With so many distribution platforms for news, news companies are looking for ways to reach consumers in more personal and immediate ways. Enter the somewhat unexpected answer: the bot.
Bots have been a buzzword for journalists in recent years because of their abilities to reach readers on platforms consumers are already using on a daily basis: SMS text, Amazon Alexa, Google Home or Facebook Messenger.
In the next MOOC (Massive Open Online Course) from the Knight Center for Journalism in the Americas, John Keefe from news site Quartz — a pioneer and promoter of conversational journalism — will teach you the basics of writing a bot that will respond to readers like a human through text or speech.
“I’ll give you the mechanics for making your bot and setting up responses. The examples will be simple and you’ll get a flavor for how this works,” Keefe explained. “But where you can take it can be really big.”
Register now for “Building Bots for Journalism: Software You Talk With” and learn how to build a bot in our free, four-week online course. Just follow the registration instructions on the Knight Center’s distance learning platform, JournalismCourses.org, and you’ll be on your way to building a bot.
In the four-week course from February 12 to March 11, Keefe will teach you the basics of building conversational interfaces and how to deploy them on platforms like SMS, Amazon Alexa and Facebook Messenger.
Keefe will teach the four weekly modules using videos, presentations, readings, quizzes and discussion forums. The modules will provide an introduction to conversational interfaces, improving your bot’s conversational game or teaching it how to be more human-like, texting and talking to bots, and messenger bots.
Keefe is bot developer & product manager for the Quartz Bot Studio, a pioneer in the use of bots for journalism that was created with a $240,000 grant from the John S. and James L. Knight Foundation. Keefe is also an instructor at the CUNY Graduate School of Journalism, teaching about bots and rapid prototyping, and leads the tinkering company Really Good Smarts LLC. Formerly, Keefe worked as Senior Editor for Data News at public radio station WNYC in New York City. His passion for tinkering led him to write Family Projects for Smart Objects: Tabletop Projects That Respond to Your World, which grew from efforts to make something new every week for a year.
Keefe has extensive teaching experience, having led journalism classes and maker workshops at Columbia University, the New School University and CUNY. He was Innovator in Residence at West Virginia University’s Reed College of Media in 2015. You can follow his work at blog johnkeefe.net or watch his presentation on conversational journalism from the 2017 International Symposium on Online Journalism (ISOJ). He also spoke at the conference in 2014 about the use of sensors in journalism.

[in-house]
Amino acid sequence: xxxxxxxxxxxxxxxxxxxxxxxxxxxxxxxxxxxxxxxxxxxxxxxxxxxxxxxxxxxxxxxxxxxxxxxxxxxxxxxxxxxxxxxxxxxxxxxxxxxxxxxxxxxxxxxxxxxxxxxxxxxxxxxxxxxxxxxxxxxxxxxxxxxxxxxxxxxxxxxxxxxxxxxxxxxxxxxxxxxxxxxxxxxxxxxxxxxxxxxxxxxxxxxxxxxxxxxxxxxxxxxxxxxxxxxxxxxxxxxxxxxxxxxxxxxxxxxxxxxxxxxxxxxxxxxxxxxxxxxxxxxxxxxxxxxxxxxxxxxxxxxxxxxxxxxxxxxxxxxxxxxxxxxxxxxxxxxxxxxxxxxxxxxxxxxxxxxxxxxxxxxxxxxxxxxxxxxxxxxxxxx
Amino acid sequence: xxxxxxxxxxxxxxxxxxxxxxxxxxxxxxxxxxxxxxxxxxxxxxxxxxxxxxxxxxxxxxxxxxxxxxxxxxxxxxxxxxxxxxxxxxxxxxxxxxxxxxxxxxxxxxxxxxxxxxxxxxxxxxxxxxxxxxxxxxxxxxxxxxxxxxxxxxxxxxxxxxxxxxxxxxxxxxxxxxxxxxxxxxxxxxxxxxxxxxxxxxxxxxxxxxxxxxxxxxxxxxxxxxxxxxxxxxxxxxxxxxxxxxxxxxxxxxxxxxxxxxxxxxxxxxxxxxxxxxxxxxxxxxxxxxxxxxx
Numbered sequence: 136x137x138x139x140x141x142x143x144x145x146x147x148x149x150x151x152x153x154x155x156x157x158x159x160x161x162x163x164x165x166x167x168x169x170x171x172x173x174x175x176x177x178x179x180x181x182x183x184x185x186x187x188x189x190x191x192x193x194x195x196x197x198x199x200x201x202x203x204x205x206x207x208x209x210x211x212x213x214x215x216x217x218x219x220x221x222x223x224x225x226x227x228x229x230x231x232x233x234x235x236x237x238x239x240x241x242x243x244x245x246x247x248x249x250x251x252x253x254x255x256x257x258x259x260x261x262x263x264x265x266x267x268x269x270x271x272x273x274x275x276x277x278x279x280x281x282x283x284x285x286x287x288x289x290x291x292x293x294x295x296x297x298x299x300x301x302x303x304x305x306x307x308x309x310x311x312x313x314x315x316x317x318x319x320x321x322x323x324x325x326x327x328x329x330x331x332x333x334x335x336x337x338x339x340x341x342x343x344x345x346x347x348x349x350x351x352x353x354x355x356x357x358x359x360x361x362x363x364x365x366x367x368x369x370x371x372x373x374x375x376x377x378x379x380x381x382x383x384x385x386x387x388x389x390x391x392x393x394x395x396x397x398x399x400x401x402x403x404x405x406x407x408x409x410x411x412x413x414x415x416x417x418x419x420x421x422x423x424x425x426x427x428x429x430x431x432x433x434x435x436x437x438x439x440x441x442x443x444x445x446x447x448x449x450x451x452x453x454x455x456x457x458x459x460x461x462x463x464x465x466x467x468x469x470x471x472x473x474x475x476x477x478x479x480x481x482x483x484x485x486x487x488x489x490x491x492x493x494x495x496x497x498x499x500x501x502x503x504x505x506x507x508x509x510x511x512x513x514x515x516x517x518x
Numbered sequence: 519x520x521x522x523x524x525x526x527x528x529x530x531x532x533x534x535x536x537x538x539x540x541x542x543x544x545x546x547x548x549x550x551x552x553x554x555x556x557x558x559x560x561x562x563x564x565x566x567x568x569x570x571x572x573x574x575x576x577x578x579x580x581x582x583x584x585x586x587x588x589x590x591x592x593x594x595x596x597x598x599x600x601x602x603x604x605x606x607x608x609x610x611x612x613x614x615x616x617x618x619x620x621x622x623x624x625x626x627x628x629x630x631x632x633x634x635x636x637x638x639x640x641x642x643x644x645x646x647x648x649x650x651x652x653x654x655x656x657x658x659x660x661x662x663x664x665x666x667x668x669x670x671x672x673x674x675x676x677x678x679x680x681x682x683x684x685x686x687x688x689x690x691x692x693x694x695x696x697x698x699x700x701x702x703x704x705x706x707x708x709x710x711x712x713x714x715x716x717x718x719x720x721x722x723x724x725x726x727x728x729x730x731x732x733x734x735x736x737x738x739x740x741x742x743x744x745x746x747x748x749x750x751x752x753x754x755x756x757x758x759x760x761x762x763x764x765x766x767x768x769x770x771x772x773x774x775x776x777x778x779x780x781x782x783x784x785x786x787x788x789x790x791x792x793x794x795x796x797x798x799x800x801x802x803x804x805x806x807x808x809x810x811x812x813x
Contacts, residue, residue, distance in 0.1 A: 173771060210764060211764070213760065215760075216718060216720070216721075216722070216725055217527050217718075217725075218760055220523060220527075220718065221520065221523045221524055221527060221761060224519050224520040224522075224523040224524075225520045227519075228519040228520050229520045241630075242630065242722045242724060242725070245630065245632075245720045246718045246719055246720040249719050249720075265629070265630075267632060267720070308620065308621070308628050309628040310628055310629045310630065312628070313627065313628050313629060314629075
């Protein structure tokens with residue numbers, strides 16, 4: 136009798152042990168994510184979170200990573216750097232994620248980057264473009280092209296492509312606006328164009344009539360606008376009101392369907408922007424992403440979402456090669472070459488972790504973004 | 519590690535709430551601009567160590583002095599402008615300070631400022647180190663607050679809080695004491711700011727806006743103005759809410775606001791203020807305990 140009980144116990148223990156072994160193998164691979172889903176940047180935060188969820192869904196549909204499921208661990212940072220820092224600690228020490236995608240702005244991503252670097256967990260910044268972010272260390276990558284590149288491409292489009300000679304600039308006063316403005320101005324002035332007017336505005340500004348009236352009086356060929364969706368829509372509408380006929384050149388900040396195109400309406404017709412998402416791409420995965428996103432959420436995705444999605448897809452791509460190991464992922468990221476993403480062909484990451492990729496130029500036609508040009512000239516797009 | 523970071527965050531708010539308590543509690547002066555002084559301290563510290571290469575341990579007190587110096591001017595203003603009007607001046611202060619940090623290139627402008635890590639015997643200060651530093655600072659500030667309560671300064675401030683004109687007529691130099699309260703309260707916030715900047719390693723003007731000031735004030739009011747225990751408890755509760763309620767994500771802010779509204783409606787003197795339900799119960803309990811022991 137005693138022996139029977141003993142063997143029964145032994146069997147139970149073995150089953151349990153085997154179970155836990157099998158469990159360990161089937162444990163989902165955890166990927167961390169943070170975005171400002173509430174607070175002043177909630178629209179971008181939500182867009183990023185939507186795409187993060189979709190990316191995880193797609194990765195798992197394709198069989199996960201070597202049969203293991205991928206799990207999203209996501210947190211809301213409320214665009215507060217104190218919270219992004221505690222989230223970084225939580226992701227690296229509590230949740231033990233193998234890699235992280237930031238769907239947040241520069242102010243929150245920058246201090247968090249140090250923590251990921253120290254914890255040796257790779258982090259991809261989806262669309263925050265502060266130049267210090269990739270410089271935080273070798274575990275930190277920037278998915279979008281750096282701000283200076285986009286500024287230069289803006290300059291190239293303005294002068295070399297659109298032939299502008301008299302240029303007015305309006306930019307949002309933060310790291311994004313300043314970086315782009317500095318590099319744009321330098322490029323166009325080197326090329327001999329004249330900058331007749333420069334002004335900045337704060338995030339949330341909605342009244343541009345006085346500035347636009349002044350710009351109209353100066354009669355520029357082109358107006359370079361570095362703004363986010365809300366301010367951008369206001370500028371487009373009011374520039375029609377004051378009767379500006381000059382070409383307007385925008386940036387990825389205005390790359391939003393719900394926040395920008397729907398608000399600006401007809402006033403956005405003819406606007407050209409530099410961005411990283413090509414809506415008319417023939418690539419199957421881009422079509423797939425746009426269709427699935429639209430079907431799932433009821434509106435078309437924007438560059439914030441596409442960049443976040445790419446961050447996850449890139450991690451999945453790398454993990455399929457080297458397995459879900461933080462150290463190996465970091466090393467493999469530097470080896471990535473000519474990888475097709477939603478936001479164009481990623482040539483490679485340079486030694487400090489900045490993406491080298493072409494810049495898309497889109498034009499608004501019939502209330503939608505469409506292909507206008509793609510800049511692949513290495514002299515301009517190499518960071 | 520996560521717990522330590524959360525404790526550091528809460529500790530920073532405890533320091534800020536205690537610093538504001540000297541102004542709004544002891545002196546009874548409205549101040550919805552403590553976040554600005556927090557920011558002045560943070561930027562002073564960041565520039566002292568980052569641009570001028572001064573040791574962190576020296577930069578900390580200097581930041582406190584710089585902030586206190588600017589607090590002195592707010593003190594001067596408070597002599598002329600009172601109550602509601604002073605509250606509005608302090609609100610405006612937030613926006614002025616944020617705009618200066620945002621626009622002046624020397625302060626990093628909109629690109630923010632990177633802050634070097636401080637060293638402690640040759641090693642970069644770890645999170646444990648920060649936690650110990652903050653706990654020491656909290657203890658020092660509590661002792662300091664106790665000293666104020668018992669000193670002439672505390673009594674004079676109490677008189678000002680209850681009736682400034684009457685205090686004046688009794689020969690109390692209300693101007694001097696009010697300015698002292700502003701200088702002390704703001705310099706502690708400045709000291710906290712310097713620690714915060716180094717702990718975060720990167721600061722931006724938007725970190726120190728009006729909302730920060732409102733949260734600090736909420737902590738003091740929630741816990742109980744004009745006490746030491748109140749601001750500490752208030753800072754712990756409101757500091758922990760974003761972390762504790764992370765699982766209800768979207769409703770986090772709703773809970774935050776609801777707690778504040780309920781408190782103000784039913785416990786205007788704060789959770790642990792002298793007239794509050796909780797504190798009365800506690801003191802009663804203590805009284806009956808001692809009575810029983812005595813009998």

Anyone interested in building conversational interfaces is invited to take the course, but Keefe will focus on and take examples from the news and information industry.
“As newsrooms around the world face the challenge of creating bots and entering the wave of conversational journalism, we are delighted to offer this free online course taught by one of the pioneers and most important experts in this emerging area in the United States,” said professor Rosental Alves, founder and director of the Knight Center.
“We are proud to bring first-class, cutting edge, free or low-cost training to journalists around the world, as in this case. And we are grateful to the Knight Foundation for their support for our distance learning program,” Alves said.
Students of the “Building Bots for Journalism” MOOC will need a computer with an Internet browser and access to a mobile phone, but will also need to download free online services to help with the creation of bots. Most work will be done using bot-building system Dexter and human-like programming language RiveScript. Other services include Dialogflow (natural language processor), Twilio (for SMS texting), Airtable (online spreadsheet service) Amazon Developer Account (to build a voice with Amazon Alexa) and a Facebook account (to build a Facebook messenger bot).
Like all Knight Center MOOCs, this course will be asynchronous, meaning students can complete the lessons on their own time, when it’s most convenient. There will, however, be suggested deadlines to help you stay on task.
Students who successfully complete the course, including weekly quizzes and weekly participation in discussion forums, can earn a certificate of participation upon verification from Knight Center staff. The certificate, which is available in PDF format for U.S. $30, attests to participation in the online course, but no formal course credit of any kind is associated with the document.
Register now for “Building Bots for Journalism: Software You Talk With” and keep your newsroom up-to-date with the digital revolution taking place in the journalism world.
The Knight Center for Journalism in the Americas was created in 2002 by Professor Rosental Alves, Knight Chair in Journalism at the University of Texas Moody College of Communication, thanks to generous donations from the John S. and James L. Knight Foundation. The Knight Center’s distance learning program started in 2003 and is funded in part by the Knight Foundation. In the last five years, the Knight Center’s MOOCs have reached more than 120,000 people from more than 170 countries.